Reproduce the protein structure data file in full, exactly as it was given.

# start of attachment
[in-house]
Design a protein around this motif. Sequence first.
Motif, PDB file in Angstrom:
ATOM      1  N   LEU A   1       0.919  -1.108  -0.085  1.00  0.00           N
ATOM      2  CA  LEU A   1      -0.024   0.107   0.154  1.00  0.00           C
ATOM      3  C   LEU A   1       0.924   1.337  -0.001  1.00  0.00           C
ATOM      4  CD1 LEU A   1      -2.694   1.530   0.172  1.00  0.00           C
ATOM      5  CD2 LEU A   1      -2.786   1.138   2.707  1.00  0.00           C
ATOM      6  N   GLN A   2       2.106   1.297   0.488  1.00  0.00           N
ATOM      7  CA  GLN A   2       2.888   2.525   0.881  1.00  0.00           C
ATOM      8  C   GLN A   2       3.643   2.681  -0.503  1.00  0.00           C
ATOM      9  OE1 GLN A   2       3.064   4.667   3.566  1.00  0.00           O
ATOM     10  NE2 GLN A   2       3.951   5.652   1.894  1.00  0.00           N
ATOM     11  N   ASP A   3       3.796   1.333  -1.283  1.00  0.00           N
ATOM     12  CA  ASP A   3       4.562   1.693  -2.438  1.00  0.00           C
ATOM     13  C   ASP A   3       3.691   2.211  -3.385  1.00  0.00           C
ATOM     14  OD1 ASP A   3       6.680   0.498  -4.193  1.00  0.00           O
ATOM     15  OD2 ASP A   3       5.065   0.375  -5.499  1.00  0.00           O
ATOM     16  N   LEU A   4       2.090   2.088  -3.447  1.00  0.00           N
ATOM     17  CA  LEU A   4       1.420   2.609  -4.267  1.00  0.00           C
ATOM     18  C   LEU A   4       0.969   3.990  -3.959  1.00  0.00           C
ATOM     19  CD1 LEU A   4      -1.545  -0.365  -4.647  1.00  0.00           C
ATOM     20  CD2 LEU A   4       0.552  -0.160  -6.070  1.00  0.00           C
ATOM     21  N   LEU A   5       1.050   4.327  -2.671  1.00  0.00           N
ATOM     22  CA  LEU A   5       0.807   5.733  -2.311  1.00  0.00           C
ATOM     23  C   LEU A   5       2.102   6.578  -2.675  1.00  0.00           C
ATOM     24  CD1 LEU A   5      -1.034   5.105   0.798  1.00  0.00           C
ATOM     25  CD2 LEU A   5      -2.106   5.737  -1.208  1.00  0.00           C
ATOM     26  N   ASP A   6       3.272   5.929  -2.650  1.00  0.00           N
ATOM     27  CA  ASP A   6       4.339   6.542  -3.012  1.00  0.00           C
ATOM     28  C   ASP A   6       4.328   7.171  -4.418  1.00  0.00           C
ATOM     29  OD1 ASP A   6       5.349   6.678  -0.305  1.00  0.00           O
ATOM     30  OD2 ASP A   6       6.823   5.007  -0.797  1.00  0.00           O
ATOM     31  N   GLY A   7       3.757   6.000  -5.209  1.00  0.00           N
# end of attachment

[in-house]
Design a protein around this motif. Sequence first.
Motif, PDB file in Angstrom:
ATOM      1  N   LEU A   1       0.919  -1.108  -0.085  1.00  0.00           N
ATOM      2  CA  LEU A   1      -0.024   0.107   0.154  1.00  0.00           C
ATOM      3  C   LEU A   1       0.924   1.337  -0.001  1.00  0.00           C
ATOM      4  CD1 LEU A   1      -2.694   1.530   0.172  1.00  0.00           C
ATOM      5  CD2 LEU A   1      -2.786   1.138   2.707  1.00  0.00           C
ATOM      6  N   GLN A   2       2.106   1.297   0.488  1.00  0.00           N
ATOM      7  CA  GLN A   2       2.888   2.525   0.881  1.00  0.00           C
ATOM      8  C   GLN A   2       3.643   2.681  -0.503  1.00  0.00           C
ATOM      9  OE1 GLN A   2       3.064   4.667   3.566  1.00  0.00           O
ATOM     10  NE2 GLN A   2       3.951   5.652   1.894  1.00  0.00           N
ATOM     11  N   ASP A   3       3.796   1.333  -1.283  1.00  0.00           N
ATOM     12  CA  ASP A   3       4.562   1.693  -2.438  1.00  0.00           C
ATOM     13  C   ASP A   3       3.691   2.211  -3.385  1.00  0.00           C
ATOM     14  OD1 ASP A   3       6.680   0.498  -4.193  1.00  0.00           O
ATOM     15  OD2 ASP A   3       5.065   0.375  -5.499  1.00  0.00           O
ATOM     16  N   LEU A   4       2.090   2.088  -3.447  1.00  0.00           N
ATOM     17  CA  LEU A   4       1.420   2.609  -4.267  1.00  0.00           C
ATOM     18  C   LEU A   4       0.969   3.990  -3.959  1.00  0.00           C
ATOM     19  CD1 LEU A   4      -1.545  -0.365  -4.647  1.00  0.00           C
ATOM     20  CD2 LEU A   4       0.552  -0.160  -6.070  1.00  0.00           C
ATOM     21  N   LEU A   5       1.050   4.327  -2.671  1.00  0.00           N
ATOM     22  CA  LEU A   5       0.807   5.733  -2.311  1.00  0.00           C
ATOM     23  C   LEU A   5       2.102   6.578  -2.675  1.00  0.00           C
ATOM     24  CD1 LEU A   5      -1.034   5.105   0.798  1.00  0.00           C
ATOM     25  CD2 LEU A   5      -2.106   5.737  -1.208  1.00  0.00           C
ATOM     26  N   ASP A   6       3.272   5.929  -2.650  1.00  0.00           N
ATOM     27  CA  ASP A   6       4.339   6.542  -3.012  1.00  0.00           C
ATOM     28  C   ASP A   6       4.328   7.171  -4.418  1.00  0.00           C
ATOM     29  OD1 ASP A   6       5.349   6.678  -0.305  1.00  0.00           O
ATOM     30  OD2 ASP A   6       6.823   5.007  -0.797  1.00  0.00           O
ATOM     31  N   GLY A   7       3.757   6.000  -5.209  1.00  0.00           N